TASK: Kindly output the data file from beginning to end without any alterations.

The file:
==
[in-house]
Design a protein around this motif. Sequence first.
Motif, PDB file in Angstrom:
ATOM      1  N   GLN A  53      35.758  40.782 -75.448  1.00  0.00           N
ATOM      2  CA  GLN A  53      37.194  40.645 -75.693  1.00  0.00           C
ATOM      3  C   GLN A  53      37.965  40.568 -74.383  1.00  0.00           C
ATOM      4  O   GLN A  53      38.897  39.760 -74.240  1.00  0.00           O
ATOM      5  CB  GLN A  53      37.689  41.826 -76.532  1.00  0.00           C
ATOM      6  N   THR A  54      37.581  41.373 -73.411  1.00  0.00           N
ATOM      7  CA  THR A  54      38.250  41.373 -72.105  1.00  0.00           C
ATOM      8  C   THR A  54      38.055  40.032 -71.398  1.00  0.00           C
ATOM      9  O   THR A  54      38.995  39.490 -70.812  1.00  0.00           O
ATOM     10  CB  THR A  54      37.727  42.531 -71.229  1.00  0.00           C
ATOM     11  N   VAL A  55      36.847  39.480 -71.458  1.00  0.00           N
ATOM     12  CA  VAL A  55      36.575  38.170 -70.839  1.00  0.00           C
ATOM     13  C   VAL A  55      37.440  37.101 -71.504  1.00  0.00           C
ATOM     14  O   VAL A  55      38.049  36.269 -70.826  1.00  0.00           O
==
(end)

[in-house]
Design a protein around this motif. Sequence first.
Motif, PDB file in Angstrom:
ATOM      1  N   GLN A  53      35.758  40.782 -75.448  1.00  0.00           N
ATOM      2  CA  GLN A  53      37.194  40.645 -75.693  1.00  0.00           C
ATOM      3  C   GLN A  53      37.965  40.568 -74.383  1.00  0.00           C
ATOM      4  O   GLN A  53      38.897  39.760 -74.240  1.00  0.00           O
ATOM      5  CB  GLN A  53      37.689  41.826 -76.532  1.00  0.00           C
ATOM      6  N   THR A  54      37.581  41.373 -73.411  1.00  0.00           N
ATOM      7  CA  THR A  54      38.250  41.373 -72.105  1.00  0.00           C
ATOM      8  C   THR A  54      38.055  40.032 -71.398  1.00  0.00           C
ATOM      9  O   THR A  54      38.995  39.490 -70.812  1.00  0.00           O
ATOM     10  CB  THR A  54      37.727  42.531 -71.229  1.00  0.00           C
ATOM     11  N   VAL A  55      36.847  39.480 -71.458  1.00  0.00           N
ATOM     12  CA  VAL A  55      36.575  38.170 -70.839  1.00  0.00           C
ATOM     13  C   VAL A  55      37.440  37.101 -71.504  1.00  0.00           C
ATOM     14  O   VAL A  55      38.049  36.269 -70.826  1.00  0.00           O